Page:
Adjusting to your new job as an immigrant in New Zealand
Whatever your reasons were for immigrating into New Zealand, I am sure that they are valid ones because packing up an entire life, family and your belongings is no easy feat nor is it something done lightly and without much consideration! But, now you are here and settling into your job and the honeymoon period has worn off and things have changed. Emigrating is one of the biggest challenges life can have, it’s akin to someone dying it’s been said. It can have a profound effect on you physically, emotionally and spiritually. Hence, you may just start feeling a little out of whack when the excitement of starting a new job wears off.
You aren’t alone! Feeling like this is completely normal and natural. Everything is different - the land, the people, the culture, the work environment. You may not have any friends or family and you may still be settling into the New Zealand way of life. You are allowed to be out of sorts during this transition phase. What you shouldn’t do is give up or think about leaving on the next plane home. A period of adjustment is necessary and it’s during this time that you will learn the most vital lessons of creating a life in your new home.
1: Make friends at work
Chances are that you are not the only one feeling alone or out of place. If everyone stayed to themselves then no one would know anything about anyone. Grab the bull by the horns and make a move! Organise an after work get together, a picnic on the weekend at the local park, fun sports activities or organise a discount at the local gym for the office. Most importantly, involve all your colleagues not only the ex-pats. Having some locals as mates can go a long way to helping you adopt your new country as your own. Bonding with The point is, if you don’t get yourself out there then you will remain isolated.
2: Pursue Interests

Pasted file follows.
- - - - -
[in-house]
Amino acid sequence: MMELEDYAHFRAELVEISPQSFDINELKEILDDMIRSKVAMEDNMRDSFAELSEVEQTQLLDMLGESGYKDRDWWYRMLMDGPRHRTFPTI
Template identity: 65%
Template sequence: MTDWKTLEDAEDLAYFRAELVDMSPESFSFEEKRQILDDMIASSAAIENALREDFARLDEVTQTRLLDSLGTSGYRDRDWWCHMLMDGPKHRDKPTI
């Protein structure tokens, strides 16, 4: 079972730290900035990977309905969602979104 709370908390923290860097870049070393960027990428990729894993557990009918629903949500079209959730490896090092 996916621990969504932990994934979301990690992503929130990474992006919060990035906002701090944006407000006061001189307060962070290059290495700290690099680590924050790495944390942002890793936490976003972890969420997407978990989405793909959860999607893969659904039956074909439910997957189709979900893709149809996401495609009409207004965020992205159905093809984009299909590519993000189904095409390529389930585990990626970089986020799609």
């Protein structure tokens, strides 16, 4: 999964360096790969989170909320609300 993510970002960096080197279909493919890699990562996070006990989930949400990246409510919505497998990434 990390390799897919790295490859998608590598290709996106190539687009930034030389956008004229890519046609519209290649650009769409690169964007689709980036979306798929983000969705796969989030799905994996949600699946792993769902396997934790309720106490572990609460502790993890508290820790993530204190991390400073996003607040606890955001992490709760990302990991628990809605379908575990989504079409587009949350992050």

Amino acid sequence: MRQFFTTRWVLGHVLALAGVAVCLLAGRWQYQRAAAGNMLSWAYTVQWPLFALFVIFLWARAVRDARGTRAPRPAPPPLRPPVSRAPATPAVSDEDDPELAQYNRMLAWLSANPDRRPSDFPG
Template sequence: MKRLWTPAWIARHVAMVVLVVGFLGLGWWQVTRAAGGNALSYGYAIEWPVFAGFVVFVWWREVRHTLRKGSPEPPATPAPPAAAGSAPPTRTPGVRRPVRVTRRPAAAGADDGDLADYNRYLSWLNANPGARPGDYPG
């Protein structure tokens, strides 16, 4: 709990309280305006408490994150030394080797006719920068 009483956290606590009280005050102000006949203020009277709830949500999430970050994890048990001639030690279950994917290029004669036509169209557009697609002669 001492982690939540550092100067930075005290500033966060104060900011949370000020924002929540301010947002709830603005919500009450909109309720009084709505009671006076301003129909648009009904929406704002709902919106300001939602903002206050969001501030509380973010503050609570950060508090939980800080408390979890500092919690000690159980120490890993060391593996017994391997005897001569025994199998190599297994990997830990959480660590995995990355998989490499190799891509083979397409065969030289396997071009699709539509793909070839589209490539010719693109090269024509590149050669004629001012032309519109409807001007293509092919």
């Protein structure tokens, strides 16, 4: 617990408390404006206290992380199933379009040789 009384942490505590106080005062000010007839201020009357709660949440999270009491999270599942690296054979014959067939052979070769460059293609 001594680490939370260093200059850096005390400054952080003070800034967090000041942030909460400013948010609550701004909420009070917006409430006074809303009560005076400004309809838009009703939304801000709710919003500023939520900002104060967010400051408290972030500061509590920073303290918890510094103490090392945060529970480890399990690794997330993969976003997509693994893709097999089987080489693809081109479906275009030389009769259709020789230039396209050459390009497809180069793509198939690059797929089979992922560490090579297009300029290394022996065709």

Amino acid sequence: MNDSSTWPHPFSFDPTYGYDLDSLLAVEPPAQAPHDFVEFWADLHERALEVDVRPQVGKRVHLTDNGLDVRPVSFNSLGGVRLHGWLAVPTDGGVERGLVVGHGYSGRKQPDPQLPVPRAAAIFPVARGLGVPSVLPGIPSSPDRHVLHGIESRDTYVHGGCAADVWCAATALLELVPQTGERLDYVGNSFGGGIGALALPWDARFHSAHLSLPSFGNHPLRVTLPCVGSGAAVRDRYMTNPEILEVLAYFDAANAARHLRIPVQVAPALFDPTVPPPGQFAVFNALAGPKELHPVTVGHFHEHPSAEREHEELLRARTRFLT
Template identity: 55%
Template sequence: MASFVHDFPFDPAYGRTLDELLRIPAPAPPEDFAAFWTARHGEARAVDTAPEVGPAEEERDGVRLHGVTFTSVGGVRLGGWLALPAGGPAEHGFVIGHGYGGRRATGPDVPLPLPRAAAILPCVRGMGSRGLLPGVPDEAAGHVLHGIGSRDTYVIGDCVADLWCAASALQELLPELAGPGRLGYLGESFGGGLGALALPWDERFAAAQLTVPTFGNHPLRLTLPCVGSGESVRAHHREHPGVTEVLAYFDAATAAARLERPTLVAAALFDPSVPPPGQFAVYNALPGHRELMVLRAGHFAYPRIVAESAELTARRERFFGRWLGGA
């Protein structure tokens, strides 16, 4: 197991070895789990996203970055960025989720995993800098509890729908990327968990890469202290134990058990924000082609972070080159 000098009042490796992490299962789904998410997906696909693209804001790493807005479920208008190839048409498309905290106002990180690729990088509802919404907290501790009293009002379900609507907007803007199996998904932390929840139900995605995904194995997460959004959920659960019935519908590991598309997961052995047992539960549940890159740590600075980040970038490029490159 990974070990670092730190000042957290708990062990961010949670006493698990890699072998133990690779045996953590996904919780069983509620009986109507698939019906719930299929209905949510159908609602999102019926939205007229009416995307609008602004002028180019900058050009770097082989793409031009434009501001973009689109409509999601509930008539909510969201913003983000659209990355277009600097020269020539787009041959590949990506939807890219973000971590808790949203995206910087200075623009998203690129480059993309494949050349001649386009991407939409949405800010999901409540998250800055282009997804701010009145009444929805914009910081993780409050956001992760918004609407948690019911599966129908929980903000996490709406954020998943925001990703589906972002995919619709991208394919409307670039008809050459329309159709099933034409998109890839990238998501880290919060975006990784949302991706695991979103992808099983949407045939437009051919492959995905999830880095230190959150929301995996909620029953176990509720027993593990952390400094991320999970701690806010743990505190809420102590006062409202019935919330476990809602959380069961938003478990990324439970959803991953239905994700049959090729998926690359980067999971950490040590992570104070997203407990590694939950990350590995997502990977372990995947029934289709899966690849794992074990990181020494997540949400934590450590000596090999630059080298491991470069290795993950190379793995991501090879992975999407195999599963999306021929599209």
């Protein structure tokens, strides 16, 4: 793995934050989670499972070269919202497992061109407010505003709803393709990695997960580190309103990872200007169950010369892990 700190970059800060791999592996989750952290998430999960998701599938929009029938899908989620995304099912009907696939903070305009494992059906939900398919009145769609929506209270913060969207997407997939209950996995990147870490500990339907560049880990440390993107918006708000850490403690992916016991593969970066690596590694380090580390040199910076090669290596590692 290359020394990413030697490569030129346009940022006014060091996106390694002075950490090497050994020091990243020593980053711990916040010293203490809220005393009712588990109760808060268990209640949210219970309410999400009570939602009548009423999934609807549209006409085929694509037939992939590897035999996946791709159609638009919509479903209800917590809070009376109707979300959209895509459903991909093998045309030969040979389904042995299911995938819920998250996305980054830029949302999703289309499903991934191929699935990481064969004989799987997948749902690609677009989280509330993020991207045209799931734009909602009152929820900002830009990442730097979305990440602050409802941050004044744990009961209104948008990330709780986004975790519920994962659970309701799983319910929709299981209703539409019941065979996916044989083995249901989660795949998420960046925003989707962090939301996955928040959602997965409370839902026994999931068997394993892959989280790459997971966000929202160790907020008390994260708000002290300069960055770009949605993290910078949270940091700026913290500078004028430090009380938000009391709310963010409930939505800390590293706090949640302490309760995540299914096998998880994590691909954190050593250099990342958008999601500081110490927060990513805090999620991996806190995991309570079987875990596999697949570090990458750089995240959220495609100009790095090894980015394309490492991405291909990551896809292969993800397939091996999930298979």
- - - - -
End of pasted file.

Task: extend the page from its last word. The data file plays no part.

You didn’t move JUST to work did you? Of course not. Life is for living. You need to get out there and take advantage of all your new country has to offer you. Here in New Zealand, that can be a lot! There’s a whole new country and culture to explore and lots to take your mind off missing home. Try out your local theatre, find a hobby club if you are interested in certain things like photography, bird watching, books etc, take a local class in something that interests you, join FaceBook groups with ex-pats and make plans to meet up with them for advice and tips on how to settle into your new home. There is an app called “Meetup: which will put you in touch with a variety of different groups of people interested in all kinds of things, you can even start your own meet up group. www.meetup.com. You can join the local fishing or ski club, offer yourself as a volunteer at the local shelter, join business networking groups or join a gym. There are heaps of ways to integrate into your local community which help you feel that much more comfortable in your new environment and more engaged with the people around you.
3. Step out of your comfort zone!
Try something new and exciting. Moving to a new country is probably the most you will ever be out of your comfort zone anyway so what’s to stop you continuing to surprise yourself and others? Maybe the things you were used to at home are different here or there isn’t a local activity available that you enjoy. Solution? Find something else! New Zealand is all about getting out into the fresh air and taking advantage of her beautiful spoils of nature. Start skiing, buy a surfboard (and a wetsuit! It’s chilly lol), get a huge kite for fun with the kids, find some horses to go on outrides with, start hiking or tramping as they call it in New Zealand, save up and make it a goal to explore new places every weekend or go on holidays and sightsee your new country. There is a plethora of activities if you only take a moment to look. Try these websites for ideas:
4: Don’t forget why you emigrated
Remember all the reasons why you left your motherland. Brighter future for your family, better job opportunities, career advancement, less crime, safety, better schools, better lifestyle, change of scenery and the list goes on. We all have our reasons for coming to New Zealand, it’s remembering these reasons in times of homesickness, cultural shock, boredom, loneliness, unhappiness, and isolation that will help us to get through the difficult times. Your new job may not be forever, or maybe it is. But ultimately that’s your choice. You still have choices and you can still make a life here that makes you happy. Adaptability is your saviour here. Remain flexible and remember that whilst they may not have your favourite biscuits or your local beer or even favourite past times – they do have new and exciting things for you to try and explore. Be versatile and jump in head first!